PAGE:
3 years ago

Can Hall effect trigger Kelvin-Helmholtz instability in sub-Alfvenic flows?.

B P Pandey

In the Hall magnetohydrodynamics, the onset condition of the Kelvin Helmholtz instability is solely determined by the Hall effect and is independent of the nature of shear flows. In addition, the physical mechanism behind the super and sub Alfvenic flows becoming unstable is quite different: the high frequency right circularly polarized whistler becomes unstable in the super Alfvenic flows whereas low frequency, left circularly polarized ion-cyclotron wave becomes unstable in the presence of sub Alfvenic shear flows. The growth rate of the Kelvin Helmholtz instability in the super Alfvenic case is higher than the corresponding ideal magnetohydrodynamic rate. In the sub Alfvenic case, the Hall effect opens up a new, hitherto inaccessible (to the magnetohydrodynamics) channel through which the partially or fully ionized fluid can become Kelvin-Helmholtz unstable. The instability growth rate in this case is smaller than the super Alfvenic case owing to the smaller free shear energy content of the flow. When the Hall term is somewhat smaller than the advection term in the induction equation, the Hall effect is also responsible for the appearance of a new overstable mode whose growth rate is smaller than the purely growing Kelvin Helmholtz mode. On the other hand, when the Hall diffusion dominates the advection term, the growth rate of the instability depends only on the Alfven Mach number and is independent of the Hall diffusion coefficient. Further, the growth rate in this case linearly increase with the Alfven frequency with smaller slope for sub Alfvenic flows.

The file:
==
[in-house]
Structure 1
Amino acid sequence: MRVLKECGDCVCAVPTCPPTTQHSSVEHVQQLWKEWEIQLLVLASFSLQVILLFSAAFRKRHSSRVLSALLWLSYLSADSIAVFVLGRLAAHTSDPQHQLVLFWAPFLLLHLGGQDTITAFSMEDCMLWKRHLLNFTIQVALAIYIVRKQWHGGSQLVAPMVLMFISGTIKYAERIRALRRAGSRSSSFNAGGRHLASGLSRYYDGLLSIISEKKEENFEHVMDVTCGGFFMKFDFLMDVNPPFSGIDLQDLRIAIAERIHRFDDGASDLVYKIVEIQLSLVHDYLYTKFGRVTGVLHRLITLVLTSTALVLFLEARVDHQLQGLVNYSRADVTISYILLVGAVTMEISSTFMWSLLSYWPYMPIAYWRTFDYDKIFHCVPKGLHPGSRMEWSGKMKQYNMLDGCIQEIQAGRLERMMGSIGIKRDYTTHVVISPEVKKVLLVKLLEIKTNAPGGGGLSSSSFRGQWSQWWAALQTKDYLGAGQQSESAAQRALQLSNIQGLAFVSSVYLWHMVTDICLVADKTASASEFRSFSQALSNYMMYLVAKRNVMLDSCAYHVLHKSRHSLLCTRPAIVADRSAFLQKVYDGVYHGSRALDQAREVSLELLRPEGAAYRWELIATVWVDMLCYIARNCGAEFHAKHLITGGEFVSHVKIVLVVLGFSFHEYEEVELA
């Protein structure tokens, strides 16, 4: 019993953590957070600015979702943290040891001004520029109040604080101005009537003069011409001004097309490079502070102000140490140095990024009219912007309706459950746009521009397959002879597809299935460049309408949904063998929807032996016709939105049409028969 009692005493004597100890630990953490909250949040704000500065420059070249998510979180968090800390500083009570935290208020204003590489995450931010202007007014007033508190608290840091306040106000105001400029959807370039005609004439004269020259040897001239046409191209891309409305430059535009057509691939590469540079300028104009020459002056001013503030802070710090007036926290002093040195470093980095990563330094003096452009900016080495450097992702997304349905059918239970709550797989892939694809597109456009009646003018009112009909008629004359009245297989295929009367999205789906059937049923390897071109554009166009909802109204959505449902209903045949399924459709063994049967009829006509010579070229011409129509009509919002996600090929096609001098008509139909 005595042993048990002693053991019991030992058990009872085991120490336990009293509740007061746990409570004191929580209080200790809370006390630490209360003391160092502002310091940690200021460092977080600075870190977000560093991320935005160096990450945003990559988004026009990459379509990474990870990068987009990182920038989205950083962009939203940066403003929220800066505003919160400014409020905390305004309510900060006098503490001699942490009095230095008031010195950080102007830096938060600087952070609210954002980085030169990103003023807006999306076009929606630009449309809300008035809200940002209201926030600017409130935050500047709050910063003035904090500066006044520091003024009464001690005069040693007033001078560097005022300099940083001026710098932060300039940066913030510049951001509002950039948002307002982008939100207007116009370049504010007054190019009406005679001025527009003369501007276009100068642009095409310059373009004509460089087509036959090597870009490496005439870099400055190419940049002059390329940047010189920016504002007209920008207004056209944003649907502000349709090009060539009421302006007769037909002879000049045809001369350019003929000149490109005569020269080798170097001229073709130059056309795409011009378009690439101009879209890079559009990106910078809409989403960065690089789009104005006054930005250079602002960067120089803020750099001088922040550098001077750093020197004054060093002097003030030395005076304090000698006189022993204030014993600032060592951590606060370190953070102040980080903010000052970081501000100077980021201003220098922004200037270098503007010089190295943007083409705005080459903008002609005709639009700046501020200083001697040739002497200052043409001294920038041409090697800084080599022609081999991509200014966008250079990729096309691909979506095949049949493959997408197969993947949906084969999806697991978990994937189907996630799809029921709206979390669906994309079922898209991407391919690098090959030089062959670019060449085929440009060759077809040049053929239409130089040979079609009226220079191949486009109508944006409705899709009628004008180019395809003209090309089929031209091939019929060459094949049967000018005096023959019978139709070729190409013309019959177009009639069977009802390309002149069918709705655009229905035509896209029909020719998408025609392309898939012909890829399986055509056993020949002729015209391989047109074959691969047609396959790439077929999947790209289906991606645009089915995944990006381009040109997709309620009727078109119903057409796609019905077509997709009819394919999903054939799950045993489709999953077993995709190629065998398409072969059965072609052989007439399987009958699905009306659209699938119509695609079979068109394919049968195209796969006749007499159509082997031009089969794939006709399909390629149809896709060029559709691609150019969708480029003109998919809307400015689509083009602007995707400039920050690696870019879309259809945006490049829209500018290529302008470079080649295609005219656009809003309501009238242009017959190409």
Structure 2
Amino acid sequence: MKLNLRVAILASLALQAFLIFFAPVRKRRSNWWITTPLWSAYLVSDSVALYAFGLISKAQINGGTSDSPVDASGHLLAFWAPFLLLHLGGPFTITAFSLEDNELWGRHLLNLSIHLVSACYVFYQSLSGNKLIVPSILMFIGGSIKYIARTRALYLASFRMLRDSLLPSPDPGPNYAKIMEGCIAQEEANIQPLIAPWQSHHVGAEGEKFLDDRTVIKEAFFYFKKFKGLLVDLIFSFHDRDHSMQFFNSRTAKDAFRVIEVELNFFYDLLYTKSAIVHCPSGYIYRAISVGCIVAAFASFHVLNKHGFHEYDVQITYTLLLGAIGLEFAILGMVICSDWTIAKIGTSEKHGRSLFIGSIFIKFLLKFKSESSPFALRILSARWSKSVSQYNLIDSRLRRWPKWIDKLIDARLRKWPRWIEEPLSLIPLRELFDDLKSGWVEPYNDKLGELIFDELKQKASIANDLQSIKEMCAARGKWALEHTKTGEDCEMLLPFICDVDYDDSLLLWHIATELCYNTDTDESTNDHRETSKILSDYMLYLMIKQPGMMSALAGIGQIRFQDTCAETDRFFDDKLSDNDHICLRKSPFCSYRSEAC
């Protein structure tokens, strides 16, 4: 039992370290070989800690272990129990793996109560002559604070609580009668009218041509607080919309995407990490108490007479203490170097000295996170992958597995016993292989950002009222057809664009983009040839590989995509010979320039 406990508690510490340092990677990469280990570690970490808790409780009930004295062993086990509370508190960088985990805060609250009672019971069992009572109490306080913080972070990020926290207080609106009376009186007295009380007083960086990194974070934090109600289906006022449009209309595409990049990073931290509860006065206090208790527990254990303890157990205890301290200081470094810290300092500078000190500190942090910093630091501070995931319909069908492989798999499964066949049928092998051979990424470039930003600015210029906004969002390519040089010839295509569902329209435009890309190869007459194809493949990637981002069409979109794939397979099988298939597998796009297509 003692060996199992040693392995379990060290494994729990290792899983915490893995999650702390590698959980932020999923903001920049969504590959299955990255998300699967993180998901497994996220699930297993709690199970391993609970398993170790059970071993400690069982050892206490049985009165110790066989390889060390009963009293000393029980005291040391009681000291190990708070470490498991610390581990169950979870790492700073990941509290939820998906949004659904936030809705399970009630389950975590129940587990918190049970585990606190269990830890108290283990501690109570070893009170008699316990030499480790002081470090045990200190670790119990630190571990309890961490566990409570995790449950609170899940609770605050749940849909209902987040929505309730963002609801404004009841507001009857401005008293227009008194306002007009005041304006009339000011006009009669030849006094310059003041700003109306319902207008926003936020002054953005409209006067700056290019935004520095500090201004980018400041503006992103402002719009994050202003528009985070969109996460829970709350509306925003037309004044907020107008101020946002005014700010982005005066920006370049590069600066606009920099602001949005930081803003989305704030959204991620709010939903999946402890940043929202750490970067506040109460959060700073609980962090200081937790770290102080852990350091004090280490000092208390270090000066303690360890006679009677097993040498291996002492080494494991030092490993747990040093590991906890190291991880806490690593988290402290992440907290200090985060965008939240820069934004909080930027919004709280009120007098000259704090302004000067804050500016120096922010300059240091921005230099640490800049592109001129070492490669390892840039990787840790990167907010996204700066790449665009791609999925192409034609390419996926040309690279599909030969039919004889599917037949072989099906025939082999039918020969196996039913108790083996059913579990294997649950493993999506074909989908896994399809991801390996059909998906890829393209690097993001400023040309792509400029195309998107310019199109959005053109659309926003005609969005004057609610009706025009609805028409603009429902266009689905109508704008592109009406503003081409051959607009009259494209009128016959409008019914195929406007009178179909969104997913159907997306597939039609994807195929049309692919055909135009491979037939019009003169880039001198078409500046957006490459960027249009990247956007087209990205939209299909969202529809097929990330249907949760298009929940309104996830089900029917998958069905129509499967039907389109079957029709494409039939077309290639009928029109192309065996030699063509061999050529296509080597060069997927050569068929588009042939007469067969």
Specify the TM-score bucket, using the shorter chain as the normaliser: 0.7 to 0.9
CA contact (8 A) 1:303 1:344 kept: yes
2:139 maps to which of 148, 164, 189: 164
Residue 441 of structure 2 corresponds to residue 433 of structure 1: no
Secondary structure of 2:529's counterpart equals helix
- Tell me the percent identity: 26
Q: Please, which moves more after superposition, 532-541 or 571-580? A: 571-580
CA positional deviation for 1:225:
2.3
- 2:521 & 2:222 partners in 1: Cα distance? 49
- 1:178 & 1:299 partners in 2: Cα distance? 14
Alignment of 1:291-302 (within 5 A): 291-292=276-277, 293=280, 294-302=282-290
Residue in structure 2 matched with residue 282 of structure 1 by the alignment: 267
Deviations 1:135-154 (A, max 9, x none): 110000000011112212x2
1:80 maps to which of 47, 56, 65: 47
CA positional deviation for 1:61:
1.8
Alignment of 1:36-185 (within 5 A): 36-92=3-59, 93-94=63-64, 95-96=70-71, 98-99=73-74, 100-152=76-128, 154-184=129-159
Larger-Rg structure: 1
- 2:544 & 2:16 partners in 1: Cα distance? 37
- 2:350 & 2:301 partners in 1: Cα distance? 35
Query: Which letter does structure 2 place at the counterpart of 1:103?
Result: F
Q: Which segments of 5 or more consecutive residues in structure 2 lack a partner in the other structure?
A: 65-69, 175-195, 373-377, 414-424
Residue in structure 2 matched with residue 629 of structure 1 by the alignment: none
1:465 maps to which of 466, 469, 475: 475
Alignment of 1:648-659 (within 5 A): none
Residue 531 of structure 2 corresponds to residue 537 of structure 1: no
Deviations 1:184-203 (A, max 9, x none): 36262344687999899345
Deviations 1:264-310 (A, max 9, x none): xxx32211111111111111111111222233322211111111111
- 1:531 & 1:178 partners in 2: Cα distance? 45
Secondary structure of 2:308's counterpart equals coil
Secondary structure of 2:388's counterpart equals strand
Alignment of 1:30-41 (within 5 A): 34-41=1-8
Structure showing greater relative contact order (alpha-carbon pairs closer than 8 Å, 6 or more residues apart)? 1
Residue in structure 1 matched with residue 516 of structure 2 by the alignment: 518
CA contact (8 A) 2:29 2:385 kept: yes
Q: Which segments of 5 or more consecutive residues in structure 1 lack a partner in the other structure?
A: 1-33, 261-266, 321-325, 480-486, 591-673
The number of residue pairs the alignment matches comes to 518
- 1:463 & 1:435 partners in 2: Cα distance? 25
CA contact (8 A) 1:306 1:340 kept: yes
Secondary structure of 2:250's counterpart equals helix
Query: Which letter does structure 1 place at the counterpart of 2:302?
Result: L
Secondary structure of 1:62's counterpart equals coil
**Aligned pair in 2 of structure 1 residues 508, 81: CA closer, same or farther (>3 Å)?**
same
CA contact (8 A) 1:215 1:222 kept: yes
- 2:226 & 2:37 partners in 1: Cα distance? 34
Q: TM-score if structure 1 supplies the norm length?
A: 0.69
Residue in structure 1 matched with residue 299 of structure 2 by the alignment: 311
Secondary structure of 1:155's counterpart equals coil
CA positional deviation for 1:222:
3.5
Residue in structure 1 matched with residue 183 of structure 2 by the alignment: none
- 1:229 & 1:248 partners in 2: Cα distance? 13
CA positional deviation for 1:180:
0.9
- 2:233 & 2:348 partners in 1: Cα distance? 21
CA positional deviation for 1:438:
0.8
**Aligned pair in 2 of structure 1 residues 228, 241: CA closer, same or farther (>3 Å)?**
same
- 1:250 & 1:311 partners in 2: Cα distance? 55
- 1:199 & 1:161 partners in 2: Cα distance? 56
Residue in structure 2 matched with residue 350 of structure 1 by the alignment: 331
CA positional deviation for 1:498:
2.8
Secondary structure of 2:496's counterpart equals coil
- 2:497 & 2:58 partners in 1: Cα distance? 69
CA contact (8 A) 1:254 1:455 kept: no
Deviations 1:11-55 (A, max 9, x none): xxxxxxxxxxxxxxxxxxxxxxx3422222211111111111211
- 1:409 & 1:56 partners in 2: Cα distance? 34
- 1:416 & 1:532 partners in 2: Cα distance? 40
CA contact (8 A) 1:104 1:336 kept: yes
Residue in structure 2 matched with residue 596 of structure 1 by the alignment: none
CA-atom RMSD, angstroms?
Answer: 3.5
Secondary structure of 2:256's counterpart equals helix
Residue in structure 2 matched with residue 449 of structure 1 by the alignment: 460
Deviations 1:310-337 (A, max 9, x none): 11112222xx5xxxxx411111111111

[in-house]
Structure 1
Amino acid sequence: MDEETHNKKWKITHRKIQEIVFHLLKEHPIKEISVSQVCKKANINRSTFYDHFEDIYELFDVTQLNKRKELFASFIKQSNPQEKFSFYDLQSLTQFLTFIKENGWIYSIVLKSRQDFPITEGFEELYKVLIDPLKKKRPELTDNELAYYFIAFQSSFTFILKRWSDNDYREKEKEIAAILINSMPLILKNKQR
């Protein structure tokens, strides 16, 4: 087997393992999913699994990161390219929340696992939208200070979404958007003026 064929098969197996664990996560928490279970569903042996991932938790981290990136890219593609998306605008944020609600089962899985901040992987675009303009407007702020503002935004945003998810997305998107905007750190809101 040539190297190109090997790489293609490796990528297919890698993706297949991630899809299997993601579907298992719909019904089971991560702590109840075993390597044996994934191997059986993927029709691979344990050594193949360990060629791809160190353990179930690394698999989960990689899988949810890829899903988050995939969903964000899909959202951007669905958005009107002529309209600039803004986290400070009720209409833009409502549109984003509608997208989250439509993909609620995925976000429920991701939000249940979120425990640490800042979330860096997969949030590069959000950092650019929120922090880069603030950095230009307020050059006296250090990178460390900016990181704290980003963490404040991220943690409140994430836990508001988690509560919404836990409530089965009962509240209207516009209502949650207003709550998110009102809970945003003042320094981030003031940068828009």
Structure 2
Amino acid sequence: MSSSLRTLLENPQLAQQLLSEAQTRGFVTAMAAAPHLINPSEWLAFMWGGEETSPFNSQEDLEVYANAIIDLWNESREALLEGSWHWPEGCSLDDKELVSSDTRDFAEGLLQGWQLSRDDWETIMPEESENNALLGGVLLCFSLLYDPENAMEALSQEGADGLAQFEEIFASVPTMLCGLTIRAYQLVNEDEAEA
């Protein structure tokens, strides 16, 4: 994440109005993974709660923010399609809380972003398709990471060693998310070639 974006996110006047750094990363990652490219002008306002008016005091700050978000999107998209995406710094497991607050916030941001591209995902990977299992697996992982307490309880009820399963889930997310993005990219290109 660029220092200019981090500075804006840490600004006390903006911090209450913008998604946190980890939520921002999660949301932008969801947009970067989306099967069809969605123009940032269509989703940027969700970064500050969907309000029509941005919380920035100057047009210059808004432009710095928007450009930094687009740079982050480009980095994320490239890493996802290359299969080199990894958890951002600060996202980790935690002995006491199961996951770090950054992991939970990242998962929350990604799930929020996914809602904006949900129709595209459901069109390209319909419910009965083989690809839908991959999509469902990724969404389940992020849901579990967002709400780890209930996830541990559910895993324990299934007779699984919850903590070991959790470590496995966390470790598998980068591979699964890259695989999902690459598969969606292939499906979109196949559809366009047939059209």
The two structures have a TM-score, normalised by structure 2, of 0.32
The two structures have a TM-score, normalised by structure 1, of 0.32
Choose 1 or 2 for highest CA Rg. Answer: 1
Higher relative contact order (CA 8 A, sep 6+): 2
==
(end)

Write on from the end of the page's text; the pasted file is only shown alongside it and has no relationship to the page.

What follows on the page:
Publisher URL: http://arxiv.org/abs/1801.07352

DOI: arXiv:1801.07352v1

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